As healthcare providers and hospitals attempt to radically rethink their approach to care to include greater collaboration and cooperation between all stakeholders and to improve patient outcomes, some of their new ideas are likely to come from hospital innovation centers.
A larger percentage of academic medical center department leaders are men with mustaches than women in general, according to a new study, which is deliberately facetious but makes a serious point about gender disparities within healthcare.
Humana and Weight Watchers' effort to improve employee wellness and fight America's expensive obesity epidemic has benefitted from Oprah Winfrey's star power, according to a Forbes.com contributed post.
The demand for reforms to graduate medical education will get a boost in 2016. The Josiah Macy Jr. Foundation will partner with leading medical institutions to develop reforms at regional and local levels, according to a post at the Health Affairs Blog by Macy Foundation President George E. Thibault, M.D.
The demands of the job are less stressful for nurses than feeling unappreciated and undervalued, according to a new study published in the Annals of Behavioural Medicine.
To assess the quality of its physicians, Johns Hopkins School of Medicine is turning to a data-driven provider dashboard.
Busy hospital executive looking for the secret to successfully tackling today's multifaceted healthcare challenges should consider trying the ancient art of meditation, a Stanford scientist says.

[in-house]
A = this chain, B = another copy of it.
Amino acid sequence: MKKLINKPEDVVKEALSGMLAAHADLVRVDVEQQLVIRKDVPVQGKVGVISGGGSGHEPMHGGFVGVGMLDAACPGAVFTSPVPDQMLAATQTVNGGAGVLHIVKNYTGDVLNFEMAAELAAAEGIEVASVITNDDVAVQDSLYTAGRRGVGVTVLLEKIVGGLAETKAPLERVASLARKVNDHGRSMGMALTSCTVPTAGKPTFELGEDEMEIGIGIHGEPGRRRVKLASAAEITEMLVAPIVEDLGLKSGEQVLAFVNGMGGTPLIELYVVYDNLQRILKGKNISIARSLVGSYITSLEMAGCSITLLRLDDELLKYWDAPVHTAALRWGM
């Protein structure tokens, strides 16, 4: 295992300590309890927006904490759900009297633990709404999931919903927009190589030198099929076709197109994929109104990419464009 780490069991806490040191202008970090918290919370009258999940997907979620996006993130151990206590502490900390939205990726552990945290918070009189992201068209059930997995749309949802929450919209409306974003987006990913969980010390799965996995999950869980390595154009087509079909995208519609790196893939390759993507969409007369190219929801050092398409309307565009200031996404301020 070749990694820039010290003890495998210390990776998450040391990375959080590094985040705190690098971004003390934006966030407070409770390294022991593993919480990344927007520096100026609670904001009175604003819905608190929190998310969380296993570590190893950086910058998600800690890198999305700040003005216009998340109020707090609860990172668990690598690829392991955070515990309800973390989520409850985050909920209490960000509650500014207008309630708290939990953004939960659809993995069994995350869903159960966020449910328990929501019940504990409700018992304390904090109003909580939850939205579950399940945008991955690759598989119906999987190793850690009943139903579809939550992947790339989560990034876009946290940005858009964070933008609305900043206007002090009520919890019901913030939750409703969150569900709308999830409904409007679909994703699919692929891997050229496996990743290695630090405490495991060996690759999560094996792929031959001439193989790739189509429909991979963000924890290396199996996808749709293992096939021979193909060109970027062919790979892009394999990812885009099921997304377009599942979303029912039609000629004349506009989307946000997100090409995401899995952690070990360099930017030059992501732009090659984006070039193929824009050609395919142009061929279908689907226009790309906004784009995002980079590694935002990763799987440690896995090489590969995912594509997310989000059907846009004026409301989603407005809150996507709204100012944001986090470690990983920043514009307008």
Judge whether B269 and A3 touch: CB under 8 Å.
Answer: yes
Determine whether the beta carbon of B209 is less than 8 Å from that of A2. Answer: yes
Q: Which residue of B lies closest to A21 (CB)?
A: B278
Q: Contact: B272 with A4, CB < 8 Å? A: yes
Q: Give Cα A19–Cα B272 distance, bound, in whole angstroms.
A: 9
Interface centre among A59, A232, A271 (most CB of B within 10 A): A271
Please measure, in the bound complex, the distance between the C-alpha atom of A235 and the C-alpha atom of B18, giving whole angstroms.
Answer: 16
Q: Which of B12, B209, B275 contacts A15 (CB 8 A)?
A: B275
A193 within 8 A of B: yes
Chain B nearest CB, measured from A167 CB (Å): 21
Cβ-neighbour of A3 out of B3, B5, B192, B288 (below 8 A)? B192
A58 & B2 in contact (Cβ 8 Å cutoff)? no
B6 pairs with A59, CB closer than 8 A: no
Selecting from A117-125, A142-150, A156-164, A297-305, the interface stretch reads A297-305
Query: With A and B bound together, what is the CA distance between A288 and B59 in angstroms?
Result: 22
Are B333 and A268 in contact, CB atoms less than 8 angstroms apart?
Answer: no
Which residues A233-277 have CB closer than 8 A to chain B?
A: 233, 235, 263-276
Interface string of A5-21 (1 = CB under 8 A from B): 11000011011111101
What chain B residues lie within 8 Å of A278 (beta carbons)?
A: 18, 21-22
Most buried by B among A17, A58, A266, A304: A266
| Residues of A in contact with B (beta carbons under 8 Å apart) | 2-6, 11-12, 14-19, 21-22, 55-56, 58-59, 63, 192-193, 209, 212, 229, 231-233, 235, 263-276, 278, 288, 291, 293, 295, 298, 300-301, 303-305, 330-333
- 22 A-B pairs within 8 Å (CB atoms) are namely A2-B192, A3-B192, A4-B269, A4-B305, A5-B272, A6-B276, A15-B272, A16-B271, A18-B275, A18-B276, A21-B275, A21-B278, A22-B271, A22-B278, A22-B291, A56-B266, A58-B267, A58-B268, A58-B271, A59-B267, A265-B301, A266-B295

Even the smoothest day of running a medical practice can be stressful--for physicians and staff alike. While practice leaders should take care to protect their teams from burnout, there are also positive ways to harness the inevitable daily challenges that practice members face, according to a post from Harvard Business Review.
When it comes to data in healthcare, the correct use of terminology, while many times overlooked, is every bit as vital to industry success, according to U.S. Food and Drug Administration officials Robert Califf and Rachel Sherman.
The changing healthcare industry increasingly demands business skills from physician leaders. Not all traits are equal, however, and no matter how talented or productive an individual employee may be, they can come at an unsustainably high price if they don't mesh well with their colleagues, the Harvard Business Review reports.